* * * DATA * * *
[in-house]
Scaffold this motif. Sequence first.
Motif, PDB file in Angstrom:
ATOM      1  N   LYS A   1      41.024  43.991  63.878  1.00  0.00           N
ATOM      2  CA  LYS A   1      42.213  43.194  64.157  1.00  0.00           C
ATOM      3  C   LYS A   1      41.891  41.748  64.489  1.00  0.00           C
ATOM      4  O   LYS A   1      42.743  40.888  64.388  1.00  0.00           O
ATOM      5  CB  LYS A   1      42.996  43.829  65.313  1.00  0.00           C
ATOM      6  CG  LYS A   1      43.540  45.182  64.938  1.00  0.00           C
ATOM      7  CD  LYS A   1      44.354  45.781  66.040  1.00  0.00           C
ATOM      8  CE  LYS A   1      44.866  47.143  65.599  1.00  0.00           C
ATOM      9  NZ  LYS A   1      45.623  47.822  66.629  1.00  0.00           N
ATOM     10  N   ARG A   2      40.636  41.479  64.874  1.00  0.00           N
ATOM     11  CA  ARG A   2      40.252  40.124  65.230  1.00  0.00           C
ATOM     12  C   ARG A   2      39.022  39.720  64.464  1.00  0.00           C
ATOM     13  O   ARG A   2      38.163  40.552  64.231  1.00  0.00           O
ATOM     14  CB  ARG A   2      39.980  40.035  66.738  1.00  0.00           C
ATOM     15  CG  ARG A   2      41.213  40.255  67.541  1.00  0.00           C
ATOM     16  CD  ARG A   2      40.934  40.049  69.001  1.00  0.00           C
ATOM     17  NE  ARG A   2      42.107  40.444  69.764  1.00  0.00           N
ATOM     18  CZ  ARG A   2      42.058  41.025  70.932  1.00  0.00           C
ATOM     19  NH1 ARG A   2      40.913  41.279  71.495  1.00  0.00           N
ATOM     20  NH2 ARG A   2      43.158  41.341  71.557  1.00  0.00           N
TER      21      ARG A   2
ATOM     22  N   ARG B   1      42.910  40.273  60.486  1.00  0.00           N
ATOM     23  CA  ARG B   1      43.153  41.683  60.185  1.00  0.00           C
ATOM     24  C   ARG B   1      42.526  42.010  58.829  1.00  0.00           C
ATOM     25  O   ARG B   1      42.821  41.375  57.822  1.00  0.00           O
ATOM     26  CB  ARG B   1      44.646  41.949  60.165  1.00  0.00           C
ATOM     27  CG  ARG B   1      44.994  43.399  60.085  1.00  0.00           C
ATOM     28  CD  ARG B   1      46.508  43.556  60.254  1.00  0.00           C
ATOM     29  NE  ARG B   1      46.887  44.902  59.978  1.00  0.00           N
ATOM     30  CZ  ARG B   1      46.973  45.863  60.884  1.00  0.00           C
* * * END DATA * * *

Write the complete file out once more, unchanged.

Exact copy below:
[in-house]
Scaffold this motif. Sequence first.
Motif, PDB file in Angstrom:
ATOM      1  N   LYS A   1      41.024  43.991  63.878  1.00  0.00           N
ATOM      2  CA  LYS A   1      42.213  43.194  64.157  1.00  0.00           C
ATOM      3  C   LYS A   1      41.891  41.748  64.489  1.00  0.00           C
ATOM      4  O   LYS A   1      42.743  40.888  64.388  1.00  0.00           O
ATOM      5  CB  LYS A   1      42.996  43.829  65.313  1.00  0.00           C
ATOM      6  CG  LYS A   1      43.540  45.182  64.938  1.00  0.00           C
ATOM      7  CD  LYS A   1      44.354  45.781  66.040  1.00  0.00           C
ATOM      8  CE  LYS A   1      44.866  47.143  65.599  1.00  0.00           C
ATOM      9  NZ  LYS A   1      45.623  47.822  66.629  1.00  0.00           N
ATOM     10  N   ARG A   2      40.636  41.479  64.874  1.00  0.00           N
ATOM     11  CA  ARG A   2      40.252  40.124  65.230  1.00  0.00           C
ATOM     12  C   ARG A   2      39.022  39.720  64.464  1.00  0.00           C
ATOM     13  O   ARG A   2      38.163  40.552  64.231  1.00  0.00           O
ATOM     14  CB  ARG A   2      39.980  40.035  66.738  1.00  0.00           C
ATOM     15  CG  ARG A   2      41.213  40.255  67.541  1.00  0.00           C
ATOM     16  CD  ARG A   2      40.934  40.049  69.001  1.00  0.00           C
ATOM     17  NE  ARG A   2      42.107  40.444  69.764  1.00  0.00           N
ATOM     18  CZ  ARG A   2      42.058  41.025  70.932  1.00  0.00           C
ATOM     19  NH1 ARG A   2      40.913  41.279  71.495  1.00  0.00           N
ATOM     20  NH2 ARG A   2      43.158  41.341  71.557  1.00  0.00           N
TER      21      ARG A   2
ATOM     22  N   ARG B   1      42.910  40.273  60.486  1.00  0.00           N
ATOM     23  CA  ARG B   1      43.153  41.683  60.185  1.00  0.00           C
ATOM     24  C   ARG B   1      42.526  42.010  58.829  1.00  0.00           C
ATOM     25  O   ARG B   1      42.821  41.375  57.822  1.00  0.00           O
ATOM     26  CB  ARG B   1      44.646  41.949  60.165  1.00  0.00           C
ATOM     27  CG  ARG B   1      44.994  43.399  60.085  1.00  0.00           C
ATOM     28  CD  ARG B   1      46.508  43.556  60.254  1.00  0.00           C
ATOM     29  NE  ARG B   1      46.887  44.902  59.978  1.00  0.00           N
ATOM     30  CZ  ARG B   1      46.973  45.863  60.884  1.00  0.00           C